0
$\begingroup$

This question already has an answer here:

In the Shannon Hartley theorem, if N = 0 but B is limited, the theorem tells us that C is infinite. Why is this intuitively true?

If bandwidth is limited, I can only post so many pulses per second over the channel.

$\endgroup$

marked as duplicate by hotpaw2, jojek Apr 5 '17 at 9:24

This question has been asked before and already has an answer. If those answers do not fully address your question, please ask a new question.

1
$\begingroup$

Why is this intuitively true?

It's a purely hypothetical mathematical formula result. So it doesn't even need to be intuitive, at all.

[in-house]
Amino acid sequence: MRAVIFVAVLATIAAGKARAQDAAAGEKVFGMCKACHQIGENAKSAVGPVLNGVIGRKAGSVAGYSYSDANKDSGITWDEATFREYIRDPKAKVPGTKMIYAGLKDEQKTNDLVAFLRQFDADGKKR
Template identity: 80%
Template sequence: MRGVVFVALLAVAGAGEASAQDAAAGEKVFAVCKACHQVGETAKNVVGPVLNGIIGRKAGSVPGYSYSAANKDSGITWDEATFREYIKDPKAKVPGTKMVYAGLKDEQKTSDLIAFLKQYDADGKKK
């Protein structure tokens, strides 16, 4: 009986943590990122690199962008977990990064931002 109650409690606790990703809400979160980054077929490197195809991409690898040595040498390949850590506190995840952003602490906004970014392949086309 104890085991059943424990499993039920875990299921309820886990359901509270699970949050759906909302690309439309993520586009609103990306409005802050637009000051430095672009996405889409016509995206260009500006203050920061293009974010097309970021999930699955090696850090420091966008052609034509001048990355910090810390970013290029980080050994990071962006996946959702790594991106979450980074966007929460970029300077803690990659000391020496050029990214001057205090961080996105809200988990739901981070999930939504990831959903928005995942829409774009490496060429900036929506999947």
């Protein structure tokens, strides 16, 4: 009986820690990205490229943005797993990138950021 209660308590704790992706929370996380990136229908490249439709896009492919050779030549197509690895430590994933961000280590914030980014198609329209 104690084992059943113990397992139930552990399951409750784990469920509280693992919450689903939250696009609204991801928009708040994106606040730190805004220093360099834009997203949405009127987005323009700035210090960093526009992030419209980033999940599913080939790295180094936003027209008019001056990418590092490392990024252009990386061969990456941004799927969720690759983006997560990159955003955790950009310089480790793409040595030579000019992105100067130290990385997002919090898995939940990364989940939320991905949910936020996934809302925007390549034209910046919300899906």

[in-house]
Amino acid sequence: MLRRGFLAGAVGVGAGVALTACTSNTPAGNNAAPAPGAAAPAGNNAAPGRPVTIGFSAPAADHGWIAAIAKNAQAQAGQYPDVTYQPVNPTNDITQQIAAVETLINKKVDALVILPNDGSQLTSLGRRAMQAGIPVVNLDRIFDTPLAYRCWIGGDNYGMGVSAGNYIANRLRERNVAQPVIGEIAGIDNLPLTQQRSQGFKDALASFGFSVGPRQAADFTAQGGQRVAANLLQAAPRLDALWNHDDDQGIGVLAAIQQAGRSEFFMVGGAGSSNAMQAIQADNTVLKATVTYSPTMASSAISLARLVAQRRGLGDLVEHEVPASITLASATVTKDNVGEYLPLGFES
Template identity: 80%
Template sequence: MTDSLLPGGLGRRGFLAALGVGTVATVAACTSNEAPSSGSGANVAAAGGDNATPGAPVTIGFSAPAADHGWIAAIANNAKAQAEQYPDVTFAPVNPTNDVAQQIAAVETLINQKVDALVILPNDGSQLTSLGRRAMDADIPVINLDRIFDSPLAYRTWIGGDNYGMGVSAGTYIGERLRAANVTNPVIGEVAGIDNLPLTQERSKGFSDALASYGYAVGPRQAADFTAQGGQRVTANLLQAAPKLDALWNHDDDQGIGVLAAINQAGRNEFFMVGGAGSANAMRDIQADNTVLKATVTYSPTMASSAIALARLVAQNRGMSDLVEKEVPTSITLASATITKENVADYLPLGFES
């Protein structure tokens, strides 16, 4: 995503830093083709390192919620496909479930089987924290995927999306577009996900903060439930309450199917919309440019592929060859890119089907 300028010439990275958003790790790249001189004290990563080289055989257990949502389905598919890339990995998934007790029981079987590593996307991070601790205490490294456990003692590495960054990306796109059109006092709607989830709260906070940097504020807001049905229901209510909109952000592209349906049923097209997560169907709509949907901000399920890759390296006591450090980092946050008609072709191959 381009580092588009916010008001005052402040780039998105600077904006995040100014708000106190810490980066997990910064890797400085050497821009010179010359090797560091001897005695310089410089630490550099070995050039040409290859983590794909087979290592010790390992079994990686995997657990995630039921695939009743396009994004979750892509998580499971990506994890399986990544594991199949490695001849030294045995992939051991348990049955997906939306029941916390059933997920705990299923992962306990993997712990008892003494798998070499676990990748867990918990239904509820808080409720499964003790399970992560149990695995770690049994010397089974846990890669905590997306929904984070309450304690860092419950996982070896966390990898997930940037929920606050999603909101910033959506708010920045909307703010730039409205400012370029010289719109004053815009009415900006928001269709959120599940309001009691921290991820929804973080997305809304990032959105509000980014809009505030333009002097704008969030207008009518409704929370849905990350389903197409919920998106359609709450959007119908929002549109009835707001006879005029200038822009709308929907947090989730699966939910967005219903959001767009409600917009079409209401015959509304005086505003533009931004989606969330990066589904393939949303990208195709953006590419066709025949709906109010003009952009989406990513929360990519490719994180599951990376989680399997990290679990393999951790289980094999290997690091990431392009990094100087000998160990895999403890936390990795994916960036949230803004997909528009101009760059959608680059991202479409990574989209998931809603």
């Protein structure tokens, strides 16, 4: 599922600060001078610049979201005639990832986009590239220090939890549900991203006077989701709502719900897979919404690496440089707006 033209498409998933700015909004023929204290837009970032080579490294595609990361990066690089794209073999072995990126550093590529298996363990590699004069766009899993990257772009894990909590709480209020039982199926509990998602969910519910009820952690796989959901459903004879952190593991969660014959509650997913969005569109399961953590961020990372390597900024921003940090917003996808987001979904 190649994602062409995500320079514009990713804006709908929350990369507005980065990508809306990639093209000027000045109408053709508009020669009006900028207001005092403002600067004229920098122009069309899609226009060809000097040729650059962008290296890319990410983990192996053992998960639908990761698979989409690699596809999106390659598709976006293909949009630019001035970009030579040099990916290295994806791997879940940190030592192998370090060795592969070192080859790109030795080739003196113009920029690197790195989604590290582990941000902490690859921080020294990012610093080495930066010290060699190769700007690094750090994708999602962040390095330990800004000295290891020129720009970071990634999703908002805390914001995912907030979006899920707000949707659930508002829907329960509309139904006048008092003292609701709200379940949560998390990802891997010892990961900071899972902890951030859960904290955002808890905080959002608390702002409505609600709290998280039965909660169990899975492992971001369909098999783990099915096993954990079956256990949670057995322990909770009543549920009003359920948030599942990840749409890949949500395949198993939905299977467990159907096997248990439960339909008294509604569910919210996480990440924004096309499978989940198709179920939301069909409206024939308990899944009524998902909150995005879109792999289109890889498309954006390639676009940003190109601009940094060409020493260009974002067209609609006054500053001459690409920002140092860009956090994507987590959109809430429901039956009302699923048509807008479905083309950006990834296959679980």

It's very normal for humans to look for intuition in abstract things, but an observable noise-free channel doesn't exist, so meh.

But if you insist: in a noise free channel, a single symbol could take one of $N$ values, with $N$ becoming arbitrarily large, because, due to the absence of noise, you could tell arbitrarily fine voltage differences apart. With that, a single (equally probable) symbol $x$ would have Shannon info $I = -\log_2 p_x = -\log_2 \frac1N = -(\log_2 1 - \log_2 N) = \log N\rightarrow \infty$ information.

EDIT: I saw you just got the same answer not an hour ago:

But in terms of pure math, there is no ($\aleph_0$) finite limit on the amount of information that a single real number (one sample) can contain.

$\endgroup$

Not the answer you're looking for? Browse other questions tagged or ask your own question.